Canada set to participate with U.S., Russia in Arctic air exercise
Aircraft will deal with "terrorist hijackers" and hijacked aircraft in international simulated emergency
As part of the “Operation Vigilant Eagle” military exercise, starting Aug. 27, fighter jets from the North American Aerospace Defense Command and the Russian air force will scramble to track and intercept “hijacked” commercial aircraft during an air defence exercise.
The exercise is viewed as “a steppingstone toward closer military-to-military cooperation in additional areas,” said the American Forces Press Service.
Vigilant Eagle started Aug. 26, with scenarios that presented the United States, Canada and Russia with “a common enemy,” namely terrorist hijackers who take over two airplanes, Joseph Bonnet, director of joint training and exercises for NORAD and U.S. Northern Command, told the press service.
“It is one of the biggest single areas where the Russian Federation, U.S. and Canada can truly cooperate,” Bonnet is quoted as saying. “All three countries share a common objective in thwarting, combating and cooperating against terrorism.”
During the exercise, fighter jets, including Canadian CF-18 Hornets and Russian Sukhois, will track, identify, intercept and follow the two hijacked aircraft, and Canada and Russia will conduct air-to-air refueling operations.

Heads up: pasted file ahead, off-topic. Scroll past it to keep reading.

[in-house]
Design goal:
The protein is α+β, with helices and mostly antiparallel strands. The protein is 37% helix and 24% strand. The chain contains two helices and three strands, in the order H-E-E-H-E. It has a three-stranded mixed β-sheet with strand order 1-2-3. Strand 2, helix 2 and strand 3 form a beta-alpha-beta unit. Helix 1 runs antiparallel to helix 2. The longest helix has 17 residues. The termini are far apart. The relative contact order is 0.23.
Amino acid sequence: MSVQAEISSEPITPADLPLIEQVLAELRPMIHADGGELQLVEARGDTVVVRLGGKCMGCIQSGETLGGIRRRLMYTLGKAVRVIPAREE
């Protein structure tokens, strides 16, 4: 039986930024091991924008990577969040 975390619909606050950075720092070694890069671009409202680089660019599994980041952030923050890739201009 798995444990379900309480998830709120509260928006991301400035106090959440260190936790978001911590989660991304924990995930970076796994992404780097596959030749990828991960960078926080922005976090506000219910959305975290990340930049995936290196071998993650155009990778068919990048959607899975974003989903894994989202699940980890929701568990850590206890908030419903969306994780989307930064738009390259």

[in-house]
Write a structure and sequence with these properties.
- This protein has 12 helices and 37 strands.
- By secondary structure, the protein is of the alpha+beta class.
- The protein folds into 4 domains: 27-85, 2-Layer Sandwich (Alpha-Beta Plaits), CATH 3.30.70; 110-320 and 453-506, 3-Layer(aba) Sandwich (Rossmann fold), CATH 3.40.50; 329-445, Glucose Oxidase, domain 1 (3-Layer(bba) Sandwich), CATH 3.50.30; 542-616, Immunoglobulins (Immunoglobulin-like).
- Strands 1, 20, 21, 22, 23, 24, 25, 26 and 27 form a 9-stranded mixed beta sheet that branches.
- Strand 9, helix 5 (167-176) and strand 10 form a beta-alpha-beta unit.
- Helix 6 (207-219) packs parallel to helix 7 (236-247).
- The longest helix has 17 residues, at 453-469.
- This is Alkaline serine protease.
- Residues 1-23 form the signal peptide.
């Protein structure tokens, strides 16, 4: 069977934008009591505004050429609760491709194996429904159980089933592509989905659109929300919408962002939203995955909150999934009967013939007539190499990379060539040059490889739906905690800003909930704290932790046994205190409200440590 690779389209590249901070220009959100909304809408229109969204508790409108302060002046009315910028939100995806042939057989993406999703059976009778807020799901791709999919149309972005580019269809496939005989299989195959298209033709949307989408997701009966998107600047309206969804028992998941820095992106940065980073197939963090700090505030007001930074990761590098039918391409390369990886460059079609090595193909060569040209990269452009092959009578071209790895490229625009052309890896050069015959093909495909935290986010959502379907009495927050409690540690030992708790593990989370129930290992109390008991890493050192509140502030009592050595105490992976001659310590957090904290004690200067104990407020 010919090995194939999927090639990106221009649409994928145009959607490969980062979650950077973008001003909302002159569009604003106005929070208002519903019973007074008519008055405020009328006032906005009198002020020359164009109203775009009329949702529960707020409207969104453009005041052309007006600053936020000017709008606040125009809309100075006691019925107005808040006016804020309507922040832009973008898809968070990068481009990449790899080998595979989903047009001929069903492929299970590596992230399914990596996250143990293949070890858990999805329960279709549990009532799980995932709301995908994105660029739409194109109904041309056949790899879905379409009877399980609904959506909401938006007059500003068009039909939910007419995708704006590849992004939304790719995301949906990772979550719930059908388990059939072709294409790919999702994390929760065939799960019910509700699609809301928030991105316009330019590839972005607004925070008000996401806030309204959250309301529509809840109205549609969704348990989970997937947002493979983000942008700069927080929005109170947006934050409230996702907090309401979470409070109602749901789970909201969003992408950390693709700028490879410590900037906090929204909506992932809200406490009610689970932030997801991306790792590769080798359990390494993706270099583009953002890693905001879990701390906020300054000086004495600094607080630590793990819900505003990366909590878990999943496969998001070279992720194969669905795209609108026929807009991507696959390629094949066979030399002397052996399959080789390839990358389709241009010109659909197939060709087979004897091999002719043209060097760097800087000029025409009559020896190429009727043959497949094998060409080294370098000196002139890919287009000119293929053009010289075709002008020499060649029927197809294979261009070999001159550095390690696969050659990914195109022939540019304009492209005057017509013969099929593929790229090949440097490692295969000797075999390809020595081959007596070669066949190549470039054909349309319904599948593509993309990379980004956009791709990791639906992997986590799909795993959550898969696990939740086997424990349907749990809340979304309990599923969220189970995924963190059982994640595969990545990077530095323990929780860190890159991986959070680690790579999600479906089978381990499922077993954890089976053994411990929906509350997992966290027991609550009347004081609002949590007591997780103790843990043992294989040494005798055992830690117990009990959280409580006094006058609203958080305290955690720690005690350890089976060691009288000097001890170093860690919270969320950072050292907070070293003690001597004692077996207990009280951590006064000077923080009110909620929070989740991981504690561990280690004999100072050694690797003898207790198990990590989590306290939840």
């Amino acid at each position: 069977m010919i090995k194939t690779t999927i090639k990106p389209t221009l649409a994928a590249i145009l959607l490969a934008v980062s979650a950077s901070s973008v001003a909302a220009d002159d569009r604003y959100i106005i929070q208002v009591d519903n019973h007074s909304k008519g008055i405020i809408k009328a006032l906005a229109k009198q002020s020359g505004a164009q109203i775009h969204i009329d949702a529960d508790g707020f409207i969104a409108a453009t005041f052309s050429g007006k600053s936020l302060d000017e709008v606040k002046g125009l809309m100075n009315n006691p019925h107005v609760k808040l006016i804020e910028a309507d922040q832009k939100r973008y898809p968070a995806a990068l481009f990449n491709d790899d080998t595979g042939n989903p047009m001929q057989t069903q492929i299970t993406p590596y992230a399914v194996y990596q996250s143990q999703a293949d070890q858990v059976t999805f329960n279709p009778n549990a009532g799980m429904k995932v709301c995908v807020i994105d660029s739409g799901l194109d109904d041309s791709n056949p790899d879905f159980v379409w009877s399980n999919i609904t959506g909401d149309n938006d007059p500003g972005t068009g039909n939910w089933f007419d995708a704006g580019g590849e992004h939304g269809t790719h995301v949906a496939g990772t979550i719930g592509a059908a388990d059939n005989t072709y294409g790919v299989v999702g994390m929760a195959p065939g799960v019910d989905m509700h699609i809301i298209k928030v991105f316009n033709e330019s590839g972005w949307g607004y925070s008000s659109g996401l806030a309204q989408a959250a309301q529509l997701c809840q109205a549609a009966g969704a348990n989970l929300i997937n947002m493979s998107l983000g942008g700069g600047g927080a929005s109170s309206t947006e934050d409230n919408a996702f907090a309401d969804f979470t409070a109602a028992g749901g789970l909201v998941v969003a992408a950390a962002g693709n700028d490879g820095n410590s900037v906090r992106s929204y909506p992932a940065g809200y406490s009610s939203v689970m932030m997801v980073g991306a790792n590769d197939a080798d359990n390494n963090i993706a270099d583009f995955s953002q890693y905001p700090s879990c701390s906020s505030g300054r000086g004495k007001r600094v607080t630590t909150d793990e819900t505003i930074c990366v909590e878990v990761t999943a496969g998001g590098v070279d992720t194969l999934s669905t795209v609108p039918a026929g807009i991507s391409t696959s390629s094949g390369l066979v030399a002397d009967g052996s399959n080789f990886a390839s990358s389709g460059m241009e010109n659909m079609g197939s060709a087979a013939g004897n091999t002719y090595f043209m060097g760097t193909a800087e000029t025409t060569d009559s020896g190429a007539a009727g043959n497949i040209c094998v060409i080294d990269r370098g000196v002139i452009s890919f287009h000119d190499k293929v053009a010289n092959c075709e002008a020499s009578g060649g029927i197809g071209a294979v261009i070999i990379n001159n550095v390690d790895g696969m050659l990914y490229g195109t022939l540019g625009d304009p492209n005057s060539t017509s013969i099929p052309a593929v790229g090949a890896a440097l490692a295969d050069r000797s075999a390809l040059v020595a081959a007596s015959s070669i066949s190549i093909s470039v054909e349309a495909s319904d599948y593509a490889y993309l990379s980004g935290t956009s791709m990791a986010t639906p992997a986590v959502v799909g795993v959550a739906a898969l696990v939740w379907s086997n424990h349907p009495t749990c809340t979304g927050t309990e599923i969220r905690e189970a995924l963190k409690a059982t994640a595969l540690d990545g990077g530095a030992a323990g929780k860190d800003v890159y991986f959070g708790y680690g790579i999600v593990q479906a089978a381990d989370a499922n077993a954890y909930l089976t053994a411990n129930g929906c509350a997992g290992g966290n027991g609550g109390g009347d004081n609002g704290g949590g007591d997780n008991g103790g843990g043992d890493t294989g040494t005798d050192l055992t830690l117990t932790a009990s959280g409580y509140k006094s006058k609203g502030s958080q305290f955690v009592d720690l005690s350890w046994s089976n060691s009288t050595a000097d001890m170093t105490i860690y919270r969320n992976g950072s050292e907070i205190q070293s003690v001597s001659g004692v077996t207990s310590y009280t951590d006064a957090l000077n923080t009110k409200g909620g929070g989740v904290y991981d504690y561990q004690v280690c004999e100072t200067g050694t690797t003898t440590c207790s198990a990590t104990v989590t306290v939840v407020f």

The Canadian air force is contributing aircraft for the first time this year during this annual operation, the press service said.
A Russian Tupolev and a commercial aircraft contracted by the U.S. will simulate commercial airplanes seized by terrorists.
The U.S. Air Force’s Airborne Warning and Control System and Russia’s A-50 Beriev will serve as command-and-control platforms.
The first flight from Anchorage, Alaska, on Aug. 27 will travel into Russian airspace. On Aug. 28, a Russian aircraft will take off from Anadyr, Russia, heading into U.S. airspace.
When the airplanes fail to respond to communications, NORAD and the Russian air force will respond.
Both will launch or divert fighter jets to investigate and follow the aircraft. At that point, they will hand off the missions to each other to complete, the American Forces Press Service said.